Series: Lunar Chronicles #3
Published by Feiwel & Friends on February 4, 2014
Genres: Fairy Tales, Fantasy, Science Fiction, YA (Young Adult)
Also in this series: Cinder, Scarlet
Also by this author: Cinder, Scarlet
In this third book in the Lunar Chronicles, Cinder and Captain Thorne are fugitives on the run, now with Scarlet and Wolf in tow. Together, they’re plotting to overthrow Queen Levana and her army.
Their best hope lies with Cress, a girl imprisoned on a satellite since childhood who’s only ever had her netscreens as company. All that screen time has made Cress an excellent hacker. Unfortunately, she’s just received orders from Levana to track down Cinder and her handsome accomplice.
When a daring rescue of Cress goes awry, the group is separated. Cress finally has her freedom, but it comes at a high price. Meanwhile, Queen Levana will let nothing prevent her marriage to Emperor Kai. Cress, Scarlet, and Cinder may not have signed up to save the world, but they may be the only hope the world has.
(Warning: Some spoilers for the first two books.)
This series just keeps getting better and better! There’s so much I love about it, from the clever ways in which Meyer integrates fairy tales (in this case, ‘Rapunzel’) into a larger, over-arching science-fiction tale to the way she handles relationships. Over the course of three books, she has studiously avoided resorting to love triangles to add tension (for which she earns my eternal thanks.) Not only that, the relationships she does show are realistic and above all, slow and respectful. Sure, couples experience physical and emotional attraction, and in Cress’s case even a major infatuation, but three books in, there have been only a handful of kisses and no “you’re my fate/destiny/soulmate and I swear undying love forever” scenes. Wolf comes closest, perhaps, in acknowledging that Scarlet is his alpha, but Wolf isn’t entirely human, and given his altered biology, his strong feelings for Scarlet make sense. The other couples and Scarlet herself are exploring their feelings more slowly, even tentatively. What’s more, they think as well as feel. Thank you, Marissa Meyer, for giving us believable, healthy young adult relationships that offer a better model than, say, Twilight.*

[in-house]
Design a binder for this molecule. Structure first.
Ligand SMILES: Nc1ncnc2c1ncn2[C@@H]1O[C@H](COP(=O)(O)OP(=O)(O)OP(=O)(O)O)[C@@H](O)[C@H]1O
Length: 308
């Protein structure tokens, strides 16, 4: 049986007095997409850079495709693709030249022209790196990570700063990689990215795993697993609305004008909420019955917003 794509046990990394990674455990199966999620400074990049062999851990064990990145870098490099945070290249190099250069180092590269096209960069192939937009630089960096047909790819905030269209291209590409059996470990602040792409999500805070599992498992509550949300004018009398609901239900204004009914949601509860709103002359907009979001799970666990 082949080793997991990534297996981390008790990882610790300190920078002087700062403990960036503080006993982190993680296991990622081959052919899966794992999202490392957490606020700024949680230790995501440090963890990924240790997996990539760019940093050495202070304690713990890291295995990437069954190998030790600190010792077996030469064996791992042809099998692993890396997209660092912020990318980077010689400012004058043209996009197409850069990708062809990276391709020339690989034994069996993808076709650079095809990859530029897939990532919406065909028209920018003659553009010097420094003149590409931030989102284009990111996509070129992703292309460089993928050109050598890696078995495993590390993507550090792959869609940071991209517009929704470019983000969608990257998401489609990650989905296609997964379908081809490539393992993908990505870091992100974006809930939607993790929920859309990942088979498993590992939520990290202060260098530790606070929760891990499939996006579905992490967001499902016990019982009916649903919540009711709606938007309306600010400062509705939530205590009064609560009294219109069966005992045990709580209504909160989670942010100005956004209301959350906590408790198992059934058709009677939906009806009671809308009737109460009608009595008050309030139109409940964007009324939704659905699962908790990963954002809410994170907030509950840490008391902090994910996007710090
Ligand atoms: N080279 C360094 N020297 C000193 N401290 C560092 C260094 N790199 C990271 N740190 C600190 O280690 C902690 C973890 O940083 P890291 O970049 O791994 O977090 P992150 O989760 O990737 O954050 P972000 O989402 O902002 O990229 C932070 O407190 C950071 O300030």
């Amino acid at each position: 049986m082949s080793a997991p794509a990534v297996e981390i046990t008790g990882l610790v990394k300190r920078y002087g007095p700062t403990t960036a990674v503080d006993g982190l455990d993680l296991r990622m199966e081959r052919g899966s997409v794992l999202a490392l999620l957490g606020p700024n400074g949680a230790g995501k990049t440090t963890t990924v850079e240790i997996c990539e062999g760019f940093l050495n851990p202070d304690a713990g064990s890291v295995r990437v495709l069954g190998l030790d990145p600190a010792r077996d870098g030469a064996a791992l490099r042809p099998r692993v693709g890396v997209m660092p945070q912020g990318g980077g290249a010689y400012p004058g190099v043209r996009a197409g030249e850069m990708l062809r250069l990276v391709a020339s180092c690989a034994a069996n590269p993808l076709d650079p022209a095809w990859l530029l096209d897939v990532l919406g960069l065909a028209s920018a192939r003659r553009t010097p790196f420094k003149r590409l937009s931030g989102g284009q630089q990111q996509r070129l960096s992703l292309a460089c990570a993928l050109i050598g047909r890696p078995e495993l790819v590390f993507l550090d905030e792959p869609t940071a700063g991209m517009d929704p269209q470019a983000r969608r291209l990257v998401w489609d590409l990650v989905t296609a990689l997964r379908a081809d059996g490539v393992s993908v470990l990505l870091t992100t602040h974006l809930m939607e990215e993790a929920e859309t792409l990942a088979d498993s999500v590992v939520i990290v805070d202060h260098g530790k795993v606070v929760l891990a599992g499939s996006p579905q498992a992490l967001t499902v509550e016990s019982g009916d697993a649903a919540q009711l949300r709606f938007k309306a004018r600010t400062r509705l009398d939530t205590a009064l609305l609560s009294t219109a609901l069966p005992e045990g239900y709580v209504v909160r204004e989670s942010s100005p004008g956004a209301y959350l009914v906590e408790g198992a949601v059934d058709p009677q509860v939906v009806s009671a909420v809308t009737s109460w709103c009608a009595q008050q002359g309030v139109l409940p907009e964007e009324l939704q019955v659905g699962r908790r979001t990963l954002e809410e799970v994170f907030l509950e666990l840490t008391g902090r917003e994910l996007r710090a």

OK, so let’s talk about Cress itself. I already mentioned the ‘Rapunzel’ connection, and if you’re very up on fairy tales, you’ll know that rapunzel, cress, and rampion (the name of Thorne’s spaceship) are all names for edible plants in the spinach/lettuce family. There are some other wonderful parallels with the Rapunzel story: Cress’s tower is a satellite; her captor is one of Levana’s thaumaturges (a “witch” in all but name.) I won’t go on because spoilers, but again, if you’re familiar with the story, you’ll be able to figure out some of the events ahead of time.
Thorne takes on the role of prince/hero to Cress’s Rapunzel. I love Thorne; he’s a great character. Personality-wise, he reminds me of a young Han Solo or (my daughter’s suggestion) Flynn Rider from Tangled. He’s a charming, cocky rogue (I keep hearing Harrison Ford’s voice in my head: “You like me because I’m a scoundrel. There aren’t enough scoundrels in your life.”) But Thorne is also protective toward Cress, even to the extent of trying to prove to her that he’s not the hero she imagines he is. And he’s loyal to his friends, particularly Cinder. He’s also far braver than he lets on, and probably more selfless as well (though he’s still no saint!)
Cress is longer than the other two books, and it needs to be. We’re now following not two major characters or even four, but six, with occasional detours to other characters as needed. Meyer cycles between them all with ease and skill, making me care almost equally about each of the main characters.
While I’m thinking of it, may I also applaud Meyer for giving all three of her main female characters skills that are normally associated with men, and doing so without drawing attention to the fact? Cinder is a talented mechanic, Scarlet an excellent pilot, and Cress one of the most gifted hackers in fiction. I also appreciate that none of them are Superwoman — even Cinder, despite her cyborg advantages and her Lunar mind-control abilities. They’re all strong and skilled in some areas, weaker in others; they feel fear, struggle with indecision, sometimes make bad decisions. The same is true of the sympathetic male characters. It makes them all feel real and believable. . . and more like friends than characters in a book.
Iko has a bigger role this time around, and I appreciate her even more having seen in this book how different she is from other androids. She’s very human and sometimes quite humorous, with her fangirl crush on Kai, her blushes that raise the ship’s temperature, and her gushing enthusiasm. Dr. Erland makes a return appearance; I understand his motivations so much better now — poor man! We get a glimpse of Princess Winter (and perhaps the ‘Huntsman’), too, and I’m beyond intrigued and excited for her book. (Which, unfortunately, has now been put off until November 2015 to make room for a prequel featuring Levana, due out January 27. Not that I don’t want to read Fairest, but I really want to read Winter.)
Honestly, I think Cress is even better in some ways than Cinder and Scarlet. If Meyer can keep this up (and I firmly believe she can), the finale is going to be amazing!
* Apologies to Twilight fans everywhere, but Bella’s infatuation and Edward’s stalker tendencies are not what I’d want my daughter to emulate – or my son, if I had one.
Reading this book contributed to these challenges:
- COYER Summer Vacation 2014